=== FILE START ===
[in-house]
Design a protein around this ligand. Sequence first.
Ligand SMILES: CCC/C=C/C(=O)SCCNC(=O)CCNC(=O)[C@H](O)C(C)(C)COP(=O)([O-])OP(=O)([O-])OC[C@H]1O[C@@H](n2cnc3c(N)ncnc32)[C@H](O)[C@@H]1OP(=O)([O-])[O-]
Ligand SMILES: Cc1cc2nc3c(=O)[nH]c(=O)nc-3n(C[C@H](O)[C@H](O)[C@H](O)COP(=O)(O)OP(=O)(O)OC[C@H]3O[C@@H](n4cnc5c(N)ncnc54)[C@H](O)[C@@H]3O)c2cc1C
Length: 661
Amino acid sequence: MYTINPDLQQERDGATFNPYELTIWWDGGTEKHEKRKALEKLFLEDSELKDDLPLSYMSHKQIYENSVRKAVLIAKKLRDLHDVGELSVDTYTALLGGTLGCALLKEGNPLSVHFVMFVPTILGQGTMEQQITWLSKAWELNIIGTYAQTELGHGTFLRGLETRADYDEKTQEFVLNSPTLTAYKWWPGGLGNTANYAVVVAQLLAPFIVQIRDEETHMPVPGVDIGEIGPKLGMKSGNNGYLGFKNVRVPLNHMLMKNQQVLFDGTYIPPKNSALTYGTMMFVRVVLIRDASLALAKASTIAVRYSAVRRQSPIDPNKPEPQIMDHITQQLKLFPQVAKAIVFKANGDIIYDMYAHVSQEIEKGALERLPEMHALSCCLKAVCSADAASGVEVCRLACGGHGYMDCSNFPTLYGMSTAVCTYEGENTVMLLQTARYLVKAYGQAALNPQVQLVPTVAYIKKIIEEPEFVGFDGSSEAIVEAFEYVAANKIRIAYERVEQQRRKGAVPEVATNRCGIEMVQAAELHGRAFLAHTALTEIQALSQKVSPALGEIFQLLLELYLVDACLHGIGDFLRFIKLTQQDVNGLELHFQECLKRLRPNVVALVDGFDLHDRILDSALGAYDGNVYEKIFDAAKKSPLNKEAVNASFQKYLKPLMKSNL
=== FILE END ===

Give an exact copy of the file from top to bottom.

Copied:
[in-house]
Design a protein around this ligand. Sequence first.
Ligand SMILES: CCC/C=C/C(=O)SCCNC(=O)CCNC(=O)[C@H](O)C(C)(C)COP(=O)([O-])OP(=O)([O-])OC[C@H]1O[C@@H](n2cnc3c(N)ncnc32)[C@H](O)[C@@H]1OP(=O)([O-])[O-]
Ligand SMILES: Cc1cc2nc3c(=O)[nH]c(=O)nc-3n(C[C@H](O)[C@H](O)[C@H](O)COP(=O)(O)OP(=O)(O)OC[C@H]3O[C@@H](n4cnc5c(N)ncnc54)[C@H](O)[C@@H]3O)c2cc1C
Length: 661
Amino acid sequence: MYTINPDLQQERDGATFNPYELTIWWDGGTEKHEKRKALEKLFLEDSELKDDLPLSYMSHKQIYENSVRKAVLIAKKLRDLHDVGELSVDTYTALLGGTLGCALLKEGNPLSVHFVMFVPTILGQGTMEQQITWLSKAWELNIIGTYAQTELGHGTFLRGLETRADYDEKTQEFVLNSPTLTAYKWWPGGLGNTANYAVVVAQLLAPFIVQIRDEETHMPVPGVDIGEIGPKLGMKSGNNGYLGFKNVRVPLNHMLMKNQQVLFDGTYIPPKNSALTYGTMMFVRVVLIRDASLALAKASTIAVRYSAVRRQSPIDPNKPEPQIMDHITQQLKLFPQVAKAIVFKANGDIIYDMYAHVSQEIEKGALERLPEMHALSCCLKAVCSADAASGVEVCRLACGGHGYMDCSNFPTLYGMSTAVCTYEGENTVMLLQTARYLVKAYGQAALNPQVQLVPTVAYIKKIIEEPEFVGFDGSSEAIVEAFEYVAANKIRIAYERVEQQRRKGAVPEVATNRCGIEMVQAAELHGRAFLAHTALTEIQALSQKVSPALGEIFQLLLELYLVDACLHGIGDFLRFIKLTQQDVNGLELHFQECLKRLRPNVVALVDGFDLHDRILDSALGAYDGNVYEKIFDAAKKSPLNKEAVNASFQKYLKPLMKSNL